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January 23, 1972 - Image 2

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Publication:
The Michigan Daily, 1972-01-23

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Page Two

THE MICHIGAN DAILY

Sunday, January 23, 1972

Segovia: Classy classicist

I

By JOHN HARVITH
Much as Wanda Landowska
resuscitatd the Baroque harp-
sichord in this century, both re-
creating music of the past and
inspiring new compositions for
her beloved keyboard instru-
ment. Andres Segovia has single-
handedly generated a global
concert, audience for the classi-
cal guitar through the undaunt-
d will of his virtuosp musician-
ship.
While it is true that Segovia
has created a whole school of
guitarists and has transcribed
and inspired a classical litera-
ture for them to perform, the
greatest attestation to his awe-
some musical powers is the sheer
diversity of devoted listeners he
has enchanted by his art. There-
fore, the Segovia fans that over-
flowed onto Hill Auditorium's
stage for last night's University
Musical Society presentation in-
cluded both the hardened con-
cert-goer and the rock en-
thusiast.
The only other classical per-
former in modern concert his-
tory who could claim the un-
flinching devotion of such a di-
vided audience was the Irish
tenor John McCormack, and for
many of the same reasons. As
Ernest Newman wrote of Mc-
Cormack:

Thus Segovia achieved brilliant That Segovia could bring pondering today's classical xnu-
moments by lavishing his tech- , down the house with exquisite- tic crisis pause. For here is a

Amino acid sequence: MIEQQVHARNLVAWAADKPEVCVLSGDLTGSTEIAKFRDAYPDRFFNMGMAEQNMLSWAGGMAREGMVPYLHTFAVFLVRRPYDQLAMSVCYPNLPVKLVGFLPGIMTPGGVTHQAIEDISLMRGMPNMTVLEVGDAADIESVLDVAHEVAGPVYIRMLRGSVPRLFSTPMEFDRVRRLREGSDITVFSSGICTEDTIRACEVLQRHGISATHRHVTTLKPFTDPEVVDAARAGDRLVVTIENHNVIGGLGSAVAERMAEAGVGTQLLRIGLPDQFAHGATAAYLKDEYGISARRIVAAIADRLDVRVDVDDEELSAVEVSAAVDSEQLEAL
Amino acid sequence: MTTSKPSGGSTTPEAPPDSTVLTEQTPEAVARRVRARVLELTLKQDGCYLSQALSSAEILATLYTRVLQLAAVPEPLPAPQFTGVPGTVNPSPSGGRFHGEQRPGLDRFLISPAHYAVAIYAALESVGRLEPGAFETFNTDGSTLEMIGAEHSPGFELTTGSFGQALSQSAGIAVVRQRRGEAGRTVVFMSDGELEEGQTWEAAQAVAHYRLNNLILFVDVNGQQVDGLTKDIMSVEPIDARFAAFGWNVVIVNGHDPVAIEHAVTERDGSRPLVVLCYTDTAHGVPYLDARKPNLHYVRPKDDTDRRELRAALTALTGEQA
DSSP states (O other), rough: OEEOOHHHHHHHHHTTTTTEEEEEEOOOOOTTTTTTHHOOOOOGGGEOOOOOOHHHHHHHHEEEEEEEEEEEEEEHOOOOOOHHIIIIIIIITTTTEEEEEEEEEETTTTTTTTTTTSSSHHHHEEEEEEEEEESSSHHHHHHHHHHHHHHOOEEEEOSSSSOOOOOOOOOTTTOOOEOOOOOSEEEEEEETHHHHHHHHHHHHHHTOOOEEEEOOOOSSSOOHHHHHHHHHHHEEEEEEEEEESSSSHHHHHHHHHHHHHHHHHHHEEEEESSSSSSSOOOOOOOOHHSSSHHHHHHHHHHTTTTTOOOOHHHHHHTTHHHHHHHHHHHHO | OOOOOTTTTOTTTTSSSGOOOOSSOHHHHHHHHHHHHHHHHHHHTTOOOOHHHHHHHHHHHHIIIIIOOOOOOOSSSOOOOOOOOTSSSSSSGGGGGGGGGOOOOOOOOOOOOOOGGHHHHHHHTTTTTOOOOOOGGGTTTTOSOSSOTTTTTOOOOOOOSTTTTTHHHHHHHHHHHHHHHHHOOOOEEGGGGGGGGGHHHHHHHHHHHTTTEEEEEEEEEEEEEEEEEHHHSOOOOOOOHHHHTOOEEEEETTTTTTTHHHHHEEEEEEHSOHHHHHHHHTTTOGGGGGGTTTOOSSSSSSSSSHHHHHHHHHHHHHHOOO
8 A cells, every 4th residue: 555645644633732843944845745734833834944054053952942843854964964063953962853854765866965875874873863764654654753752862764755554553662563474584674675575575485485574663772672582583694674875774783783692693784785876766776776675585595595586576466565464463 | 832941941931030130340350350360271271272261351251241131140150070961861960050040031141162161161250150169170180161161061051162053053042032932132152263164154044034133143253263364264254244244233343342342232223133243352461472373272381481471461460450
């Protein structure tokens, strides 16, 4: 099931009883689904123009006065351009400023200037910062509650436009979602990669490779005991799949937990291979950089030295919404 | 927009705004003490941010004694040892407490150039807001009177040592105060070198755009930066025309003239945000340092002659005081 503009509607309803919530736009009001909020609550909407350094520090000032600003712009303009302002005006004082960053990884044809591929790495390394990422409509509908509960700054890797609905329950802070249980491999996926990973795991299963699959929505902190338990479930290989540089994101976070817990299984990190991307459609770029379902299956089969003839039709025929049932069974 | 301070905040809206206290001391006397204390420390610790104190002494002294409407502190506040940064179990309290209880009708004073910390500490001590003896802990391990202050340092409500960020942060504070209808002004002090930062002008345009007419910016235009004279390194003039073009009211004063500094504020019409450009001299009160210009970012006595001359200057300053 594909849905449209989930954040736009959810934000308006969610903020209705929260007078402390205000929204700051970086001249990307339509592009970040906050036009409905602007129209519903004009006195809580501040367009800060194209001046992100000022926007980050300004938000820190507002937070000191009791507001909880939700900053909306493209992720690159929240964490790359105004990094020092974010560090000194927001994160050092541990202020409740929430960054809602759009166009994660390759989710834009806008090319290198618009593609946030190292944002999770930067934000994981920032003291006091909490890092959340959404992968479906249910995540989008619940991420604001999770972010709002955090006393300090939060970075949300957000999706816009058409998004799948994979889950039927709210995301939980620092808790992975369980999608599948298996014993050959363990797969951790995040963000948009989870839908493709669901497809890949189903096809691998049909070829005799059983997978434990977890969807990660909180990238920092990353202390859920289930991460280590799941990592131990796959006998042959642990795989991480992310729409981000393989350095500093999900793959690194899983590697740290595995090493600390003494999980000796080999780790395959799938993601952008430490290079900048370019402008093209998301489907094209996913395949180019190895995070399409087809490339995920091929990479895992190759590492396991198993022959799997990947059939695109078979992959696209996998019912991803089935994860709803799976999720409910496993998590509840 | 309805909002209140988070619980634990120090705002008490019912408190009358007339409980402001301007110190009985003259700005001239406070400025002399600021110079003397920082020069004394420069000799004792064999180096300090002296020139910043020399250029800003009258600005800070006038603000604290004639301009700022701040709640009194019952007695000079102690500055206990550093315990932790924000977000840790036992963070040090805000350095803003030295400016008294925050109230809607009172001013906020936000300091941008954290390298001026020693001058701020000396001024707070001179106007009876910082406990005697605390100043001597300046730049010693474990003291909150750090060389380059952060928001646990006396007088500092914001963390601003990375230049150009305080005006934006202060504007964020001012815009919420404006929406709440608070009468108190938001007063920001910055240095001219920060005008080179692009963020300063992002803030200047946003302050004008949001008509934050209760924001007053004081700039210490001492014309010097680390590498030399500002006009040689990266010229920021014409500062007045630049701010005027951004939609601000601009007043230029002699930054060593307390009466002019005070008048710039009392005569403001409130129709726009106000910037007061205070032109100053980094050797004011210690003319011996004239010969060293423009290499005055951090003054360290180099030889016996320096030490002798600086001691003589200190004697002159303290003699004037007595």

nical and musical gifts on con- ly -sculpted performances of man who, through flexibility,
ventional, third-rate composi- Scarlatti and Rameau as well refinement and sheer communi-
tions such as Tansman's Suite as with flashier Spanish pieces cation in music-making, can
in modo Polonico and Castel- such as Albeniz' Mallorca and make Bach meaningful for the
nuovo-Tedesco's Sonata in D. Torre Bermeja, should give those masses.
C agiC a realit and bringing
it back to the uncgdpol

By BILL LEVINSON
"I've tried to. make you.
aware of our sitaution here.
This is not a cell! Cells rep-
resent life! Cages represent
death! Understood?"
The Cage is a drama about
prison life written by a San
Quentin inmate who was serving
a life sentence.
First performed behind the
prison walls in 1965, it was
titled Le Cage and set in France
in order not to shake up the pris-
on audience which included the
warden. The warden was ap-
palled at the conditions of 1930
French 'jails, and the actors
were amazed at his naivete in
not recognizing his own jail..
Today we are more enlight-
ened. The Cage can be produced
openly by ex felons as a poign-
ant commentary on American
prisons. Friday night Sheriff
Douglas Harvey was part of the
audience, .and was invited by
the actors to take part in a.
"confrontation" (discussion) by
actors with the audience after
the performance. He managed
to avoid the controversy by leav-
ing early.
The Cage is the reality of jail
life portrayed for' those who
have been lucky enough to avoid
it by those who haven't. The
drama takes place in a single
cage (cell). Four convicts -are
confined to the cage: -Hatchet,
Doc, Al, and Jive. They are oc-
casionally visited by two guards
for their routine intimiations
and beatings.
More than entertaining. If
you find it too funny, you have
probably missed the reality. If
you find it too serious, you have.
probably missed the absurdity.
The Cage is an excellent play